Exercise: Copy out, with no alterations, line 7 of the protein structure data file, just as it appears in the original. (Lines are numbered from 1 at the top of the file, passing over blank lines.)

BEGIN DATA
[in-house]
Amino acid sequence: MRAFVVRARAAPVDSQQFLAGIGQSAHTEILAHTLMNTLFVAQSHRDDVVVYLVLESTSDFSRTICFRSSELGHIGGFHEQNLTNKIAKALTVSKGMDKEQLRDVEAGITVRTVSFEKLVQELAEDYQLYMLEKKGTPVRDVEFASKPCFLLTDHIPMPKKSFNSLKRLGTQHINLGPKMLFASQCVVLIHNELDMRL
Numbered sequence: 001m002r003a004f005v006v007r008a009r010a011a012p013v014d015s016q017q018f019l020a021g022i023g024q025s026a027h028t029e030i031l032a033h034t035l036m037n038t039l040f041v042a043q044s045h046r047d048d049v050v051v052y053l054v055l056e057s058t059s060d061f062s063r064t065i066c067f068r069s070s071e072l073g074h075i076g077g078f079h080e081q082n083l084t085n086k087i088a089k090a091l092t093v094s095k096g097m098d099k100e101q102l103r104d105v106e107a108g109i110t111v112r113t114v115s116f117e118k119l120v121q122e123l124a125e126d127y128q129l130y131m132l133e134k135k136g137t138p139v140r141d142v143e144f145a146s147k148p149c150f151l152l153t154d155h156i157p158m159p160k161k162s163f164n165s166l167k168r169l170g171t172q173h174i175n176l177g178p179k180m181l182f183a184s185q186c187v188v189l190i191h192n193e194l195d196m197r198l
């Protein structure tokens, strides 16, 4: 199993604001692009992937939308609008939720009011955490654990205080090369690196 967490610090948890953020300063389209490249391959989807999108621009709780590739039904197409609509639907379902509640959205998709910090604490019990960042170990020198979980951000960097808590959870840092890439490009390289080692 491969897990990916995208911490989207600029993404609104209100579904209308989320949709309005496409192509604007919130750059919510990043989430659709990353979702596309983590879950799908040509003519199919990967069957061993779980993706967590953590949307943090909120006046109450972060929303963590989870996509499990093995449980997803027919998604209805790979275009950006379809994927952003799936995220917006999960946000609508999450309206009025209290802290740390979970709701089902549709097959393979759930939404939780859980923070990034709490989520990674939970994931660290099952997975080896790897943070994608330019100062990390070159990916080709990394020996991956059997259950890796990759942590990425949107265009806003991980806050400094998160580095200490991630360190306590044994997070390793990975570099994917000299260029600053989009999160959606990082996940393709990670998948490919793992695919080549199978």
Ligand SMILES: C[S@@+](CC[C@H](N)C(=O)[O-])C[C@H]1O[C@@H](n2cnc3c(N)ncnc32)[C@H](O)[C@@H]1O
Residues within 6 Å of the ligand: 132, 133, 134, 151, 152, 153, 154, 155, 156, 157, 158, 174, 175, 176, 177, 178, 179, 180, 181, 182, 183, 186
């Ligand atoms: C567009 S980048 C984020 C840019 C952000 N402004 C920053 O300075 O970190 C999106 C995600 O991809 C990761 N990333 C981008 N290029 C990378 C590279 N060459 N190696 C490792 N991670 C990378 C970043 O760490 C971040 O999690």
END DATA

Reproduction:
């Ligand atoms: C567009 S980048 C984020 C840019 C952000 N402004 C920053 O300075 O970190 C999106 C995600 O991809 C990761 N990333 C981008 N290029 C990378 C590279 N060459 N190696 C490792 N991670 C990378 C970043 O760490 C971040 O999690």